Media Reports Government Wants to Can Access to Information Database
Alasdair Roberts, a Canadian professor at Syracuse University in New York, created a public version of CAIRS by requesting electronic records through ATIA requests and then posting monthly updates of the information. In 2006, CBC journalist David McKie created another publicly accessible website based on CAIRS data.
CAIRS was seen by lawyers, reporters, and government watchdog groups as a very useful resource. They could mine the information in the database, approach government departments and request copies of already released documents.
According to the May 2, 2008 Toronto Star article entitled Tories kill information registry:
"A spokesman for Treasury Board confirmed Friday that the system is being killed because 'extensive' consultations showed it was not valued by government departments."Earlier Library Boy posts about CAIRS include:
"If departments and agencies are no longer required to update the CAIRS database with new requests, its value as an accountability tool will quickly diminish, critics said."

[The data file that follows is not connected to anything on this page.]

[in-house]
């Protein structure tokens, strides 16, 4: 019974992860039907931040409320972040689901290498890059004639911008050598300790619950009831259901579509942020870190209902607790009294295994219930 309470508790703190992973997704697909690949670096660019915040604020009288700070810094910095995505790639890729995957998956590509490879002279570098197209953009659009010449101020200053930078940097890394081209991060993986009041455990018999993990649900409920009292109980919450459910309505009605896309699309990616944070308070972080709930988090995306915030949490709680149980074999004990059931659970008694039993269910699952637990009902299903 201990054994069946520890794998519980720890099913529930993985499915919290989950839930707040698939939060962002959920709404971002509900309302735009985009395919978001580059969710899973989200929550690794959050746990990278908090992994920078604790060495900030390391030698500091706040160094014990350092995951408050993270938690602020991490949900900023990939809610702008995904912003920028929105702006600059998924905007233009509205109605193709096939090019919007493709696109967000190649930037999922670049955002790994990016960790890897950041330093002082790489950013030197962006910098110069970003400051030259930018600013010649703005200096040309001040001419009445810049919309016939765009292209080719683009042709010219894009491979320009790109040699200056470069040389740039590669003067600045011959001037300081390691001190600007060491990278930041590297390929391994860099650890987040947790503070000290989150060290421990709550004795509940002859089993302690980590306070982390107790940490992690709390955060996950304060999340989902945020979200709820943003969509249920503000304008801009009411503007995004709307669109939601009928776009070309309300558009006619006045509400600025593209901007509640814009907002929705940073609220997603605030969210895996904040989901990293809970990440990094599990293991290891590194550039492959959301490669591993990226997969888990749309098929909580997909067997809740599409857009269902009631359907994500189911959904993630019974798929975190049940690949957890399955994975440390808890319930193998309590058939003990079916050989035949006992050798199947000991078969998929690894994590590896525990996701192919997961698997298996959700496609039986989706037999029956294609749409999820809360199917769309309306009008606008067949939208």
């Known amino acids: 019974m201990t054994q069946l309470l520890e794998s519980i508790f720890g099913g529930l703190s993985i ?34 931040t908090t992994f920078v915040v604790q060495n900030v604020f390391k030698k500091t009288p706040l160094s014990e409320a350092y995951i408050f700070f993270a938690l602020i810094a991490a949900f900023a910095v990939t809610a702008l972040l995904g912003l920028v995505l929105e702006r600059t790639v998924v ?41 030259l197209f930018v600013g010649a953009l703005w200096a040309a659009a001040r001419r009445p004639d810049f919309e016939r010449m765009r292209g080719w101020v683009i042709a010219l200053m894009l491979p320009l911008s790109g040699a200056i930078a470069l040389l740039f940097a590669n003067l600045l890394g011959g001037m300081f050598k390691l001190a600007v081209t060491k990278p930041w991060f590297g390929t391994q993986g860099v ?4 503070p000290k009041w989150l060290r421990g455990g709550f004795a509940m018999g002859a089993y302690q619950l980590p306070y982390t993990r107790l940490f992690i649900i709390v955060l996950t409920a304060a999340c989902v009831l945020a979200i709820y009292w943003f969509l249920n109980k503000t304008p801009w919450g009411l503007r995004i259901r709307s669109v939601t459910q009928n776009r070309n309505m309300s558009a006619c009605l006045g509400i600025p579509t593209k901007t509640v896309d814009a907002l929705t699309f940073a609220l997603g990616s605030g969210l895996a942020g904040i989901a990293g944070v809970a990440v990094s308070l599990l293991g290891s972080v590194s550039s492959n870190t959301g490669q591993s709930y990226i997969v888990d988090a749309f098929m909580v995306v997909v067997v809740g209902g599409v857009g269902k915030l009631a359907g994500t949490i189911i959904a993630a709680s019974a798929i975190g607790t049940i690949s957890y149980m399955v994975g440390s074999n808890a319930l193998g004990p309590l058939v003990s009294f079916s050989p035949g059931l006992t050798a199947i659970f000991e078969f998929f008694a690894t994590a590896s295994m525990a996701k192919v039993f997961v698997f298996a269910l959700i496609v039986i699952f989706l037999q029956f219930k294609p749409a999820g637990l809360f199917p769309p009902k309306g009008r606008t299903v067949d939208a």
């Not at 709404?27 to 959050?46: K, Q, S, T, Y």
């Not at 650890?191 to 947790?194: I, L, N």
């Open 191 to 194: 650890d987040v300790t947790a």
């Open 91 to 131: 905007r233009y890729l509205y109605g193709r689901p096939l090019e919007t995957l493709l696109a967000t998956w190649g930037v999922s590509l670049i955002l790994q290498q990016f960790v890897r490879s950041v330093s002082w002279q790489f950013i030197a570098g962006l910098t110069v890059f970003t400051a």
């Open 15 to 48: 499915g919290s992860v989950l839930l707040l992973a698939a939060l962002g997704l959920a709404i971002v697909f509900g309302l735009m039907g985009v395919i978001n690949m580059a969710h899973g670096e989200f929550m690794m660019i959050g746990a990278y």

" 'This is terrible and I consider this to be yet one more step in making records less accessible,' said Michel Drapeau, a lawyer, frequent user and co-author of a standard reference work on access law." [Drapeau is co-author of Federal Access to Information Act and Privacy Legislation Annotated]
" 'To do this now after the CAIRS' usefulness has been proven over and over again is indicative of the extent to which government will go to stifle the access regime'."
- Access to Information Database Updated to June 2005 (August 7, 2005): "Prof. Alasdair Roberts from Syracuse University has updated his Canadian access to information request database (...) According to Roberts, a former Queen's University scholar who has maintained the database since early 2002, this will be the last update. The page will not be maintained after August 31."
- New Access to Information Database (April 15, 2006): "David McKie, an award-winning member of the Canadian Broadcasting Corporation's investigative reporting unit, has set up an access to information / freedom of information website that 'allows you to search a database of requests for information filed with departments and agencies of the Canadian government under Canada's Access to Information Act' (...) This website takes over from where Syracuse University professor Alasdair Roberts left off in August 2005."